For a serious research robot, Baxter is a charmer. It’s sports-car red, with two big and deliberate arms. Its face is a flat screen that telegraphs “feelings” like embarrassment (rosy cheeks, upturned eyebrows). If you’re so inclined, you can sit in front of it and make it read your mind to fix its mistakes. Or you can point to objects for it to pick up. If it gets confused, it can actually ask you for clarification, a seemingly simple interaction that’s in fact a big deal for the budding field of human-robot communication.
It’s research like this that’s made Baxter a legend among engineers in these early days of advanced robotics. No longer are the machines confined to factories—they’re beginning to roll and walk among us. That means we need to figure out how the hell we’re supposed to interact with them, and vice versa. Baxter is a pivotal member of the vanguard making that happen, giving researchers a platform to crack massive problems like manipulation.
But last week, the machine’s maker, Rethink Robotics, suddenly announced it was planning to fold, sales of its robots having come up short. (Baxter was originally designed for industrial use, for instance picking and placing objects on a factory line, and was later adopted for research.) The announcement was a surprise, but perhaps not entirely surprising—the industry is booming with a gaggle of competitors vying for the market.
Baxter isn’t the only machine at a roboticist’s disposal, of course, so research on human-robot interaction isn’t about to grind to a halt. But Baxter, as well as its single-armed next generation, Sawyer, have been indispensable in robotic research. They may not have taken over industry, but they’ve certainly established themselves as pioneers.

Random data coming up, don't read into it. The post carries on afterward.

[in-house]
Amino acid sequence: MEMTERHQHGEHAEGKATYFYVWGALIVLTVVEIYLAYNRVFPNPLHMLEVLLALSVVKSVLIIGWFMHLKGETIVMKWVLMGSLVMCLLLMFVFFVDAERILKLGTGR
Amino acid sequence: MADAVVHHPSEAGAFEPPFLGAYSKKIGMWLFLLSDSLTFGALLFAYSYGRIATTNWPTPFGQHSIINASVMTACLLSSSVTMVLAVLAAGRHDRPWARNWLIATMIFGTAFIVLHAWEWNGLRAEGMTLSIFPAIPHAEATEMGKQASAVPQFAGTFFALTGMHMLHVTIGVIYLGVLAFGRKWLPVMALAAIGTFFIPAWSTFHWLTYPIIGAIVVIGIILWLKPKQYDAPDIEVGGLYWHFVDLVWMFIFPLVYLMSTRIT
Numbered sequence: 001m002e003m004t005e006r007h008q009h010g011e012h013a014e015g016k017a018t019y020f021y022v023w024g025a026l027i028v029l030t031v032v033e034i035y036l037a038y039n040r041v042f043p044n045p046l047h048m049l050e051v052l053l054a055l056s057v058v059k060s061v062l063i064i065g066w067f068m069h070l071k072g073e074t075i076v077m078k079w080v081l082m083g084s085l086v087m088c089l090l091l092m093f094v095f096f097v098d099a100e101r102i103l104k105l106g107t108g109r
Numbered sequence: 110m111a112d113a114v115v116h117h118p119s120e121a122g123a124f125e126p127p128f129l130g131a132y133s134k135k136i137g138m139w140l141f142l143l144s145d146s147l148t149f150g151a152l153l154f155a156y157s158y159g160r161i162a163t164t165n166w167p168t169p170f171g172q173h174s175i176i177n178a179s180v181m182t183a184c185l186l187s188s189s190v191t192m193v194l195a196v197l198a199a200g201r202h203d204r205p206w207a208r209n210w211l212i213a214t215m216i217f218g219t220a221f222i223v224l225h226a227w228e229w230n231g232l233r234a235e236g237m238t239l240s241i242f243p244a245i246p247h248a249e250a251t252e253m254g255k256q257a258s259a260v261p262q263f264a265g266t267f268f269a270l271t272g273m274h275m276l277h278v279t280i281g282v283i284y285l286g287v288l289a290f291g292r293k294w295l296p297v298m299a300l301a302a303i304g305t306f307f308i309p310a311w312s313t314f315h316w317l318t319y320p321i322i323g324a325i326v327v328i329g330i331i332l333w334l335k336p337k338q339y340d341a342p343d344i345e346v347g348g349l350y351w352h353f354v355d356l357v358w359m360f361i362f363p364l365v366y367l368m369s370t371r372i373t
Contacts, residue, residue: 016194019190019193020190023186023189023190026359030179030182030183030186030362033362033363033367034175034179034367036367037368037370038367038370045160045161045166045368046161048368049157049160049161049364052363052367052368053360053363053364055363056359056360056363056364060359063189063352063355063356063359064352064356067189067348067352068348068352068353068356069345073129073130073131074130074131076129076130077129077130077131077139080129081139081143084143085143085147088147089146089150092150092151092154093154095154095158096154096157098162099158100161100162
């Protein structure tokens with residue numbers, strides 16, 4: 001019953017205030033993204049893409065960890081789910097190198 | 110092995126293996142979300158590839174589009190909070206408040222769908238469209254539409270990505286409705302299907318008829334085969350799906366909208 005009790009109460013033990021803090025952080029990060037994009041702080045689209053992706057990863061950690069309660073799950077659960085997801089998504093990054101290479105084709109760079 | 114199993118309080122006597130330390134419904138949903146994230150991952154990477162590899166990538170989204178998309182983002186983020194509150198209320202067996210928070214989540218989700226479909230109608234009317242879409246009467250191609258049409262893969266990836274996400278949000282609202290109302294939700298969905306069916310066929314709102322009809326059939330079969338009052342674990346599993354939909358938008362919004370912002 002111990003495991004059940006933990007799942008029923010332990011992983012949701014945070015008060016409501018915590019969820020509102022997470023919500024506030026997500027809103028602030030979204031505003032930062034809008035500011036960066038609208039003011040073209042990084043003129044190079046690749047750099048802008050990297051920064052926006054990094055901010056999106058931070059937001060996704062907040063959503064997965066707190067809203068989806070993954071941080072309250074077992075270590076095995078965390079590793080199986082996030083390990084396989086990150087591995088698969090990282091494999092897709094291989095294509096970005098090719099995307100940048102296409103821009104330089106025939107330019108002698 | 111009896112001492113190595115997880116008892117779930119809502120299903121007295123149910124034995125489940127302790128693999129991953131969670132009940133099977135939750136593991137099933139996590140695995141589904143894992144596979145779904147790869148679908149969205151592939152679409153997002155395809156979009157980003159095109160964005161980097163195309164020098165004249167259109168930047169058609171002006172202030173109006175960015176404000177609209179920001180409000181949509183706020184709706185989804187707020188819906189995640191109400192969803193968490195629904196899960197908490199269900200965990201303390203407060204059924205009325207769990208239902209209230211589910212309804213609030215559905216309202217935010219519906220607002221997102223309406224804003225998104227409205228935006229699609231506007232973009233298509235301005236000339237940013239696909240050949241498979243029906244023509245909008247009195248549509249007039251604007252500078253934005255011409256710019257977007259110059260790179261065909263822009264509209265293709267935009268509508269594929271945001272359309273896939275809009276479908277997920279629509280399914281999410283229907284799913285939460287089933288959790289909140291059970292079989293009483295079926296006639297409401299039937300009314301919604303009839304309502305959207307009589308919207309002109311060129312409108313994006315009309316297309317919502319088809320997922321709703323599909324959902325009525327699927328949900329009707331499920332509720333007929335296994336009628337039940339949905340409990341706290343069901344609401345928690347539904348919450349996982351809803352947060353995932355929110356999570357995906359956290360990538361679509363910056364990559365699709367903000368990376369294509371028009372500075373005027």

“Everyone in robotics research today either has a Baxter or has a friend with a Baxter,” says Brown University roboticist Stefanie Tellex, who’s in the former group. “In terms of penetration, it’s the closest thing we’ve had to a common platform for manipulation across different research labs.”
What made Baxter so special was the fact that it was an all-in-one solution—camera, arms, grippers, sensing. Released in 2012, it was a standalone being that roboticists could program and modify to their heart’s content. On top of that, it was cheap as hell, at least by robot standards—Tellex got hers for a cool $27,000, while other robotics platforms could set you back hundreds of thousands of dollars.
That, though, came with compromise. Generally speaking, there are two ways of going about engineering a robotic arm. The brute you see on an assembly line is extremely precise because it has to be, or you’re going to get car doors bolted to car roofs. Accordingly, its actuators (the electric motors that drive the arm) are very pricey.
The other approach is to pull back on extreme precision in favor of a sense of feeling. These are the collaborative robots, or cobots. If they’re working with humans and not car parts, you’re more concerned that they not crush skulls than be 100 percent accurate. So while Baxter isn’t a particularly precise robot, it has sensors that allow it to detect when it’s made contact with a person so it can stop. That makes it ideal for researchers who don’t want their robots flinging them across the lab.